The exact date that Kihilla was built is difficult to pinpoint, but the original house is approximately 130 years old. Robert Fitzstubbs, a prosperous Sydney auctioneer, bought the land in May 1878, but sold part in July 1882, reserving the quarrying rights for a further year. It is believed that the Main House was built around this time, by his builder brother William.
In April 1890 James Sutherland Mitchell, the Managing Director of Tooth’s Kent Brewery, became the owner and it was during his ownership that the West Wing, Stables and Coach House were added. In 1913 he sold Kihilla to John and Annie Sulman.
John Sulman was a prominent English architect, who had designed more than 90 churches in his homeland before moving to Australia. Locally he designed Springwood Church of England (Christ Church) and further afield, Armidale Boys School and the Women’s College at the University of Sydney. Sulman was prominent in the Arts, being President of the National Art Gallery from 1917 until 1934 and one of Australia’s first Town Planners. He is probably best known for establishing the Sulman Architecture and Art Prizes each year. Sir John died in 1934, but the property remained in the Sulman family until 1953, being leased mainly as a guest house. This photo shows the Sulman boys on their motorbikes in the stable courtyard, circa 1914/5.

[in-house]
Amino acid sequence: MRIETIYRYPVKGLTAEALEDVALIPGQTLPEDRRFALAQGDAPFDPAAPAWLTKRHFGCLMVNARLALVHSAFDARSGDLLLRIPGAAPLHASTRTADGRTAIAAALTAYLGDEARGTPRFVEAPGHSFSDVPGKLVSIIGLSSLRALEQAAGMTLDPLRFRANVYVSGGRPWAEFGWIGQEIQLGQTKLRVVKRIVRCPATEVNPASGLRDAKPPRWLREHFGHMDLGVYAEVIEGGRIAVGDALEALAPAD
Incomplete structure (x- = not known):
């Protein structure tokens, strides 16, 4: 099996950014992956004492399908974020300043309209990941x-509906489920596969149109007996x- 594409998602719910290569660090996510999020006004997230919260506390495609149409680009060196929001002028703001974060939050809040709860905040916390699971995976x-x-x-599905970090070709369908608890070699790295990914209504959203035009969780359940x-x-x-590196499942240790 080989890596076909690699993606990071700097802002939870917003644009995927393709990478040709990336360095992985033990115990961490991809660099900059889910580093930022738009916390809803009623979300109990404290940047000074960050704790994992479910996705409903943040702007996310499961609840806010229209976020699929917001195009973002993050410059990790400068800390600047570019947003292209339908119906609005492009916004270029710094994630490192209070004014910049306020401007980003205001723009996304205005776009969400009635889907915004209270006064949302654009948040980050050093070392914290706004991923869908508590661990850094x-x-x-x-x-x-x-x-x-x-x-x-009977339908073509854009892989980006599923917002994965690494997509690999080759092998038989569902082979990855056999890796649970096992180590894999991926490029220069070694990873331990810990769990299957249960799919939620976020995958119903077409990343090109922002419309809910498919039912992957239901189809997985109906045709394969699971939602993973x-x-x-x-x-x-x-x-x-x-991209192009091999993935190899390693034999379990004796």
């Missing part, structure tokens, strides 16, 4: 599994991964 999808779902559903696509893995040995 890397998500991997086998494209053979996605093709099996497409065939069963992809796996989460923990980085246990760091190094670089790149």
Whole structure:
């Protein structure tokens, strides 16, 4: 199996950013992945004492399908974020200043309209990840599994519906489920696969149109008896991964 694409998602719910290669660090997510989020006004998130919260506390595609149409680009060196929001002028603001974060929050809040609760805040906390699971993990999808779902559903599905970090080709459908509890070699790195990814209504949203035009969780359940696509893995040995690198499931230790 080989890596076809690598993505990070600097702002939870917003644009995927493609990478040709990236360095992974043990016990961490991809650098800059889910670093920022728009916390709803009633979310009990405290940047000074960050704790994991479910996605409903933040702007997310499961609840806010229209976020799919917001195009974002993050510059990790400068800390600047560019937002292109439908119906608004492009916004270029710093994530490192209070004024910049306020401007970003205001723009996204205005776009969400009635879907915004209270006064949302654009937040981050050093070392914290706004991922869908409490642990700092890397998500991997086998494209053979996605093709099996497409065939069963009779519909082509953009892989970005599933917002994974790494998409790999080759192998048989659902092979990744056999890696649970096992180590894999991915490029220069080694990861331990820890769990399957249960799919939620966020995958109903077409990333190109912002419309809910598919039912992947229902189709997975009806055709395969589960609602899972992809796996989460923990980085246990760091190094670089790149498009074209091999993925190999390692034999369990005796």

The grounds at Kihilla contain the vestiges of a grand garden and are of aesthetic significance, being inspired by the late nineteenth-century writings of exponents of the Arts and Crafts Movement – mature specimens of trees and shrubs, old steps and paths, large scale plinths of the type that form the bases for statuary or urns and informal walks through deliberately retained remnant indigenous vegetation. There are prominent, symmetrical plantings of Southern or Bull Bay Magnolia, both these, a coastal Redwood and a Brushbox are very large and almost certainly nineteenth century plantings. The main steps and pathway from the house are flanked with old Camellias, Chinese Holly, an old Japanese Maple, Rhododendron and Deodar or Himalayan Cedar. Some of these plantings and design are associated with the Sulmans.